REVIEW: Entry-level data de-duplication impresses, frustrates in equal measure

Quantum's GoVault, an entry-level devices that uses data de-duplication and proprietary cartrridges, shows off the power of de-duplication but has rough edges that may frustrate users.

Quantum’s entry-level data de-duplication device offers a great taste of the company’s data shrinking technology, but may struggle to satisfy small businesses thanks to peculiar software and significant installation problems.

We tested the external, USB 2.0, version of the GoVault, which sells from around $550 and uses removable cartridges that contain a laptop hard disk within a nicely rugged case. The device is marketed as allowing users, particularly small businesses looking for a removable storage option, to fit more data into smaller, tougher, packages that can survive the rigours of off-site backup regimes that rely on someone storing taking media home in a briefcase or backpack.

An internal version of the device is also available and fits into standard 5.25in device bays, making it an option for server backup. Cartridges go from 40GB to 160GB  in 40GB steps.

Our initial impressions of the device were hampered when it proved one of the most difficult to install we have ever encountered.

Our first attempt at installation, on a PC running Windows XP Service Pack 2, was hampered by spotty performance caused by the fact the GoVault has known conflicts with certain Windows services. Those conflicts made the device effectively unusable.

We therefore un-installed the device, intending to give it a proper review later after resolving the conflicts. When we attempted to do so, it would not install at all. Despite uninstalling the software completely and following all instructions (several times), the device stubbornly refused to make itself known to our test PC.

Quantum assured us they had never experienced such problems, so we gave them the benefit of the doubt and tested the GoVault on a second PC, again running XP with Service Pack 2. This recently-formatted machine, we assumed, should be free of odd DLLs or registry problems that could derail installation. That assumption was proved incorrect.

While we were able to install the device’s drivers, and therefore see it mounted as an external USB drive offering removable storage, we were asked to install a new version of the .Net framework in order to install the de-duplication software. One download later (surely putting it on the CD or making .Net framework installation it an option during the Setup routine would be a better idea) we hoped for a smooth installation, only to be thwarted by a cryptic error about a missing file.

Several attempts at re-installation later, we checked Quantum’s web site and downloaded a “.1” revision to its software, which finally gave us a working, conflict-free version of the software needed to drive the device.

Impressive results

Results of de-duplication were impressive. A folder containing several hundred invoices, all containing the same address and ABN details and therefore theoretically ripe for de-duplication, shrank from 21 megabytes to five megabytes. Tests we conducted on video and audio files generated less impressive, but still worthwhile, results.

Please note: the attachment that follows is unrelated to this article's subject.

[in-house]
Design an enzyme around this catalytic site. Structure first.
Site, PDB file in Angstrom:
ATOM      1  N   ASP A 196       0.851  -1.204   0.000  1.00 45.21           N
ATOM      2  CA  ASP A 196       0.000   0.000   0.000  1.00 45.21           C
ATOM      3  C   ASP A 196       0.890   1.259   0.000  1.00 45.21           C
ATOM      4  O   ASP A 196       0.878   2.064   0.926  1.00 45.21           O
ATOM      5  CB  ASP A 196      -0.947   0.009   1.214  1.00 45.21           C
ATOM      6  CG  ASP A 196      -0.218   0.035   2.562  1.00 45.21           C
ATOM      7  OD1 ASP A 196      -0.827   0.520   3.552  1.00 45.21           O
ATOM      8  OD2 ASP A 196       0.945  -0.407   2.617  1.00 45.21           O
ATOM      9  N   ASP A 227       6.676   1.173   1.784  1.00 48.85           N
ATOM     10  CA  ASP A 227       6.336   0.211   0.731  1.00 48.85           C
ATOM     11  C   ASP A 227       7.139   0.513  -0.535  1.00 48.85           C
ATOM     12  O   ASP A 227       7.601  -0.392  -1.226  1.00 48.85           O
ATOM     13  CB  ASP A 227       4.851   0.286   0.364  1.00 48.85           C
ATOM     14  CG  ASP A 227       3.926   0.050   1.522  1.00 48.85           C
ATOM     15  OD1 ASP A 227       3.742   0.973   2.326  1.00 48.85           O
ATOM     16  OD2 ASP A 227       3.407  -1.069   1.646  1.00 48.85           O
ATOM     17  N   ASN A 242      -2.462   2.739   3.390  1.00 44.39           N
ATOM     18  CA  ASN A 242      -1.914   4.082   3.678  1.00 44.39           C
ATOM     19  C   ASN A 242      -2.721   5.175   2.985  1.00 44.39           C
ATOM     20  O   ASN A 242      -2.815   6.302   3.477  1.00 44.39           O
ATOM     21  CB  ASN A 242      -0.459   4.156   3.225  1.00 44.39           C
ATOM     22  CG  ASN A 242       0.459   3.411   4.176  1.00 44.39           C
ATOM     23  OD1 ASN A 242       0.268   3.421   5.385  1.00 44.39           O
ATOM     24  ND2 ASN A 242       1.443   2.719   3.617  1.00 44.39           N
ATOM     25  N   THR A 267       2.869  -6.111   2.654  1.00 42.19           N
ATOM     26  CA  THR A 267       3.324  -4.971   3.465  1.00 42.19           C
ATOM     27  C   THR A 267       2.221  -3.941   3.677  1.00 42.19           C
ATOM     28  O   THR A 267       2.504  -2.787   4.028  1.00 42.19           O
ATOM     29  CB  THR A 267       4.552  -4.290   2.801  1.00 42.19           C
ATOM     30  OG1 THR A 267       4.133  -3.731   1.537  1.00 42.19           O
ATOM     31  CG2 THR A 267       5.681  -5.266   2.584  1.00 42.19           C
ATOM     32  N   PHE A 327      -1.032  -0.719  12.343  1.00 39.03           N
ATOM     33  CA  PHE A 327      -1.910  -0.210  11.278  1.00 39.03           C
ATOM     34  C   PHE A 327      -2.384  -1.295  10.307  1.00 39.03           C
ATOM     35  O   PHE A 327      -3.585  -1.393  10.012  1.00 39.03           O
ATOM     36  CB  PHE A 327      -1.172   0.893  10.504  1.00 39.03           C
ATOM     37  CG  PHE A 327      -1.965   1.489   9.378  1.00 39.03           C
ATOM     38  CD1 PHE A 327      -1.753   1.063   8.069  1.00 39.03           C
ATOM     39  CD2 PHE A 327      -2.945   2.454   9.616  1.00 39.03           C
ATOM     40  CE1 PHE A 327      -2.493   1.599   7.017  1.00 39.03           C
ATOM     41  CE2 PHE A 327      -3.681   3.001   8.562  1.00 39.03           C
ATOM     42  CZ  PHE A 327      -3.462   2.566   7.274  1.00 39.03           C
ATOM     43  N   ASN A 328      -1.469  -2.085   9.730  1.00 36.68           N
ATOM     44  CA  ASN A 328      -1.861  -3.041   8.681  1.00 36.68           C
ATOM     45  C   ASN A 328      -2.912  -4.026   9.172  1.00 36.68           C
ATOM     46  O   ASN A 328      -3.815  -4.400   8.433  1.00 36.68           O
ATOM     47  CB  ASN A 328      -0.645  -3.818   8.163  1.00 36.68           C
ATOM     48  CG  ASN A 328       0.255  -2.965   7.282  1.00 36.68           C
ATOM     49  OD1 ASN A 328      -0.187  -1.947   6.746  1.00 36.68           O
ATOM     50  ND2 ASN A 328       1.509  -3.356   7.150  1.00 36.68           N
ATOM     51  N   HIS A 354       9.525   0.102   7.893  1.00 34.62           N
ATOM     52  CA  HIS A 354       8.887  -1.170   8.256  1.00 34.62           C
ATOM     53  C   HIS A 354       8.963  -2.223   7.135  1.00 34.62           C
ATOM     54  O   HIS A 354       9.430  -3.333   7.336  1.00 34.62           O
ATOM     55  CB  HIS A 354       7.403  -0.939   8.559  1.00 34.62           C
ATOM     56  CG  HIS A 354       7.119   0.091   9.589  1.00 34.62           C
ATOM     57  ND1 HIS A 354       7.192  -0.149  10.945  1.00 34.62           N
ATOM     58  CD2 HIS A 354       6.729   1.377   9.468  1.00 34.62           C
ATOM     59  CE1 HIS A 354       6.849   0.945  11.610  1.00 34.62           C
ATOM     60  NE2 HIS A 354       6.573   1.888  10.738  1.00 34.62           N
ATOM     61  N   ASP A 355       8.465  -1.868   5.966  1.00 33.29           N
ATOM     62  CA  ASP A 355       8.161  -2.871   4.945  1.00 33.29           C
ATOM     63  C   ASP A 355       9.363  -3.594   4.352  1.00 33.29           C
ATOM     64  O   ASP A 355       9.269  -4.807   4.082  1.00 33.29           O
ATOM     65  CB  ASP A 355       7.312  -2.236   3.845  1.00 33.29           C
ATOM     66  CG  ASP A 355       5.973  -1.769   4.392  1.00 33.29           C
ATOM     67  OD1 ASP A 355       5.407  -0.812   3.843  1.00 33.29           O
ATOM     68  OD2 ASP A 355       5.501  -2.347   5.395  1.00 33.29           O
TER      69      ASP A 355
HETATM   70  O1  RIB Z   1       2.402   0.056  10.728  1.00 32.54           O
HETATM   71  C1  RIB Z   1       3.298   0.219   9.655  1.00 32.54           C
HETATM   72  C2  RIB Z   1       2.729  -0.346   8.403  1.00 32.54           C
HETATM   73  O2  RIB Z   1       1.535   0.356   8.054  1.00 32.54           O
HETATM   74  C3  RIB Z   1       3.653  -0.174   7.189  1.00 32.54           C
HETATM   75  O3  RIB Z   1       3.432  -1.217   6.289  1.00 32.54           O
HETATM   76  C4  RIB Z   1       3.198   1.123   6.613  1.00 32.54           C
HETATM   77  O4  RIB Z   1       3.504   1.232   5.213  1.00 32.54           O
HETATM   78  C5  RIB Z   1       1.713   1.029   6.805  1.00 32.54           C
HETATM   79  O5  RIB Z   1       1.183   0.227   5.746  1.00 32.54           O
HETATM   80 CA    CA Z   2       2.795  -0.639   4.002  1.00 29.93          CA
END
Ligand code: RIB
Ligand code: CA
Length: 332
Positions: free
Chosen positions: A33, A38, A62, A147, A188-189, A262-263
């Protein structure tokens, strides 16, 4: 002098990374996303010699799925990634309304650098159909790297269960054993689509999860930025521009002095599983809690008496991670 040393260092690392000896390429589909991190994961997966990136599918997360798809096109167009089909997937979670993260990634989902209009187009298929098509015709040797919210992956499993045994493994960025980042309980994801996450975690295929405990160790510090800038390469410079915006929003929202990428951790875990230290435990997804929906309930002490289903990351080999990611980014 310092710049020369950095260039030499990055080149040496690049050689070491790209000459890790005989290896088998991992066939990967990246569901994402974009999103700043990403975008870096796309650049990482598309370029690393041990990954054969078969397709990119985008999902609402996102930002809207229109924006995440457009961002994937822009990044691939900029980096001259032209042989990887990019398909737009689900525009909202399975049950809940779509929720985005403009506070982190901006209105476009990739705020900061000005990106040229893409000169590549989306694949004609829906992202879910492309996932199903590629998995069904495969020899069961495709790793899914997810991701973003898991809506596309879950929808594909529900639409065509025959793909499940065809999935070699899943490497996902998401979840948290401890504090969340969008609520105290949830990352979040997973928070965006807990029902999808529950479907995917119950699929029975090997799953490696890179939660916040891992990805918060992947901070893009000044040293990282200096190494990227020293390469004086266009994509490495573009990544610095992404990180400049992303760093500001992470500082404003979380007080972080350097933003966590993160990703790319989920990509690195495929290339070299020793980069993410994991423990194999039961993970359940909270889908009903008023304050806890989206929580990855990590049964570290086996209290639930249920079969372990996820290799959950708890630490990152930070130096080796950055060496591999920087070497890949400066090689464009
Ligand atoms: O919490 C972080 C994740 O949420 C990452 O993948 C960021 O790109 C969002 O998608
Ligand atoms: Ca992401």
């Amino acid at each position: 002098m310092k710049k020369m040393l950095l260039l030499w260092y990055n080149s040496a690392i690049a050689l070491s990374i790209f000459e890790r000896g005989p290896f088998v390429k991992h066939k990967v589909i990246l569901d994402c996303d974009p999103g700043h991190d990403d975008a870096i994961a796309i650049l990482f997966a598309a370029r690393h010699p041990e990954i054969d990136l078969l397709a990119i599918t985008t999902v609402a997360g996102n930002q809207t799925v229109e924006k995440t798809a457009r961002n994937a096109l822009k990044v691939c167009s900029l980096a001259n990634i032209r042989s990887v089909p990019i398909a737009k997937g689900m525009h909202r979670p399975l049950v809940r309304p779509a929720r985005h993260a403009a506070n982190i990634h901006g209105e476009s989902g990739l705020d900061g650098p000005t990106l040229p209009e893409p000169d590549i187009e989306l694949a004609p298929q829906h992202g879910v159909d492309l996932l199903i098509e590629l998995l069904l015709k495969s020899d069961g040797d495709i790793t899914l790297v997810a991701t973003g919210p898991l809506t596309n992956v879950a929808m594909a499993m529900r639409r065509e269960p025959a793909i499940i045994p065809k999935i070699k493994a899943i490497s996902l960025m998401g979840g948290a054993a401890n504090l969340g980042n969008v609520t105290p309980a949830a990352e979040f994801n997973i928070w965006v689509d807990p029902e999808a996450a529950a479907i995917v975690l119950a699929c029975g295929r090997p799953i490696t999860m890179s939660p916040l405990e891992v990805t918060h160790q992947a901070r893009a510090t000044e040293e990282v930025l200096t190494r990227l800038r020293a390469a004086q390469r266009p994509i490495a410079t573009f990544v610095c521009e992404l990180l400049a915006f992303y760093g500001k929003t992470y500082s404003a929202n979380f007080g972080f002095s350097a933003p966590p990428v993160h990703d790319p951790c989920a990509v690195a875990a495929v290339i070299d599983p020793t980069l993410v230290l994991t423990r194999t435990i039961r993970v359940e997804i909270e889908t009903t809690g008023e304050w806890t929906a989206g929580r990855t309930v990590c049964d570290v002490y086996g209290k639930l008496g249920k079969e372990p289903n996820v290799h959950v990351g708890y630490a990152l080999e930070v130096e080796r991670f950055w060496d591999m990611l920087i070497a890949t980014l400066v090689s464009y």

The device and its software try very hard, however, to hide its results.

By describing the amount data stored as “factored” and failing to define the term in its help files, we imagine that the small business users at whom the device is aimed will be more than a little confused about whether or not their backups have succeed and the extent to which de-duplication has shrunk their files.

It also seems odd that the device will mount its cartridges as removable drives under Windows, yet Windows Explorer depicts the drive as empty save for a single system file. Indeed, there is no way to view the contents of a cartridge other than within Quantum’s software. That view allows one to see the backups, not individual files, an arrangement we feel is counter-intuitive and will make it hard for users that did not set up the backup routine to understand how to recover files.

We are also unconvinced by the use of proprietary cartridges which, while nicely rugged, are expensive. We’ve seen the 40GB cartridge advertised for $142 by online retailers, but it is also easy to find 160GB external 2.5 inch USB hard drives for around $150. Even taking into account de-duplication’s ability to increase the effective capacity of the cartridge, GoVault cartridge prices may give many buyers much to contemplate. Committing a business to a physical format supported by just one vendor also seems to run counter to much conventional IT thinking.


Quantum’s GoVault is an impressive demonstration of data de-duplication’s power. It is best left to an IT professional to install and administer, thanks to a user interface that is not as friendly as it needs to be to succeed with a small business audience.

Storage professionals will also wonder if this device deserves a place in their data protection regimes, given that it will introduce a unique physical disk format that, while having obvious appeal, seems unlikely to be widely adopted.

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